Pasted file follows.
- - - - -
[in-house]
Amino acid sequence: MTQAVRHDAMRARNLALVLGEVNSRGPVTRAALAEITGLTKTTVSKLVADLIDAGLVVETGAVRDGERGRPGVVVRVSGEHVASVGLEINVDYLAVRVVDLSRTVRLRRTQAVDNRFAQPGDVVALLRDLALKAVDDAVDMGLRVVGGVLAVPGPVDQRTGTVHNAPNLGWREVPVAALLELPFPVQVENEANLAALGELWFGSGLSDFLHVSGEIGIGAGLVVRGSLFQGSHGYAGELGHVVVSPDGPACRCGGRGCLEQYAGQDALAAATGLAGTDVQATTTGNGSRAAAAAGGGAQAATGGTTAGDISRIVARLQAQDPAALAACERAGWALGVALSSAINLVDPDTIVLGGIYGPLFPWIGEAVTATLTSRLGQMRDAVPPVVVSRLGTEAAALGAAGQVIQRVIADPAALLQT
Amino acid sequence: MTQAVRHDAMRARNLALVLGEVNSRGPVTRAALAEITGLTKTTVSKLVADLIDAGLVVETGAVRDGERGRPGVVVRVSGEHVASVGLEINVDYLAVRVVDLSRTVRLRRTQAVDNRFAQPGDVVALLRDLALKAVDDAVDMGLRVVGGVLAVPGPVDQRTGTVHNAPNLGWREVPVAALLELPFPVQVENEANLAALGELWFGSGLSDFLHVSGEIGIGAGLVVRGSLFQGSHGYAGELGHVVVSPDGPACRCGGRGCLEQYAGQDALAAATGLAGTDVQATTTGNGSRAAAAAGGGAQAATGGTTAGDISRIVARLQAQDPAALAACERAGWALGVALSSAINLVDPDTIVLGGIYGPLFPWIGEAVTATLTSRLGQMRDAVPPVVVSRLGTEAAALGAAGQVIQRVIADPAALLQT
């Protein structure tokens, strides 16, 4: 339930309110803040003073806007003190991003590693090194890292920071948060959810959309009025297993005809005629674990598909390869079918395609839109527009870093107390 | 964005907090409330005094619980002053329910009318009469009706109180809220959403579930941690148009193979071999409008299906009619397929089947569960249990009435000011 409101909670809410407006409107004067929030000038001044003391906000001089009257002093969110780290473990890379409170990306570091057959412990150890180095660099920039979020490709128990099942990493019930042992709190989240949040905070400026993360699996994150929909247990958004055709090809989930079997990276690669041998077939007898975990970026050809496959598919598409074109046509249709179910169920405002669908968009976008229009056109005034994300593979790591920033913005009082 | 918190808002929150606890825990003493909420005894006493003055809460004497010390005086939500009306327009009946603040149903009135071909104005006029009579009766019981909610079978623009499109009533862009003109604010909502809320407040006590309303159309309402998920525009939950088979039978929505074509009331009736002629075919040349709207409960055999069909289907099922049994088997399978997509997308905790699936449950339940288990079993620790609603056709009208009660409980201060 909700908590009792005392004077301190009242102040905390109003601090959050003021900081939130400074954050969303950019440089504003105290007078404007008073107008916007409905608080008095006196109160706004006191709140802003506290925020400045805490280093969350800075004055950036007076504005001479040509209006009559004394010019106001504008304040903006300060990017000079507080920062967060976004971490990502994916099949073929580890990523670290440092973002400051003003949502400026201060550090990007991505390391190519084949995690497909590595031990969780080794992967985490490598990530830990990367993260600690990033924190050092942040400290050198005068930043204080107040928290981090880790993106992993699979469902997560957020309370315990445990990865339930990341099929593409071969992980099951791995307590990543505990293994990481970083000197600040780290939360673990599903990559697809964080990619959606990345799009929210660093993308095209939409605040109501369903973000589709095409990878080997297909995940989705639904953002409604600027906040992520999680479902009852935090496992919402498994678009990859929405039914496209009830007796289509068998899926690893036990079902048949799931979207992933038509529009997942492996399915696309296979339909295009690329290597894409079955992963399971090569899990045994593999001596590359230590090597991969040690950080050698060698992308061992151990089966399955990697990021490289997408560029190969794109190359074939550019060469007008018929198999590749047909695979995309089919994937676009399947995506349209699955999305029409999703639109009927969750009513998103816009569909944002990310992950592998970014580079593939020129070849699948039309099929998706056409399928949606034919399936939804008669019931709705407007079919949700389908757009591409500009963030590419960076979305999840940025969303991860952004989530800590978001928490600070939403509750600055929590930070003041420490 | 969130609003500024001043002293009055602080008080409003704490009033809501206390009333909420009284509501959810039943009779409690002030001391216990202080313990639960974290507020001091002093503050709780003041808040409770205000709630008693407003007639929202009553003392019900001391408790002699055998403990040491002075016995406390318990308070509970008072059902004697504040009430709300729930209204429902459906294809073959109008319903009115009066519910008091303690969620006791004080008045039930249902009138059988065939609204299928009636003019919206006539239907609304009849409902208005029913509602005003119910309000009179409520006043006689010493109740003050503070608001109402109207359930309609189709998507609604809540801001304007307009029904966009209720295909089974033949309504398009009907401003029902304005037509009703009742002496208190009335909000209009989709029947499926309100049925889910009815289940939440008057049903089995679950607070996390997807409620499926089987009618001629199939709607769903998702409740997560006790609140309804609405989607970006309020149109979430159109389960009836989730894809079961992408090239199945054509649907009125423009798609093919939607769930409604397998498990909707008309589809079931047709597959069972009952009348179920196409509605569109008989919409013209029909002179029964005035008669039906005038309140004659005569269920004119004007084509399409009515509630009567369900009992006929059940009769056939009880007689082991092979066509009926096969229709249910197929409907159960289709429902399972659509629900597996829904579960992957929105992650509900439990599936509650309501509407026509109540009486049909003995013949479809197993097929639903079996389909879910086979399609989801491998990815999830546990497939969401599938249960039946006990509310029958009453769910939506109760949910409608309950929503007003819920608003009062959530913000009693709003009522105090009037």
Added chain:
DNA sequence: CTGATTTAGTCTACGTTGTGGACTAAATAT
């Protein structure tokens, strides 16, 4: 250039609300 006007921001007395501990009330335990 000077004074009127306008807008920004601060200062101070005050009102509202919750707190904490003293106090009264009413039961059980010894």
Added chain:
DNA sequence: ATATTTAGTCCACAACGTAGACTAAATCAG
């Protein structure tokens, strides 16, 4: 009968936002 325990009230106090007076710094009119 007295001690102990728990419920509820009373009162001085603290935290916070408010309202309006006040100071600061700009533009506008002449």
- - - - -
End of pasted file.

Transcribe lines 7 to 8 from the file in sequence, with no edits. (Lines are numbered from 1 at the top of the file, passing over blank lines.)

């Protein structure tokens, strides 16, 4: 250039609300 006007921001007395501990009330335990 000077004074009127306008807008920004601060200062101070005050009102509202919750707190904490003293106090009264009413039961059980010894």
Added chain: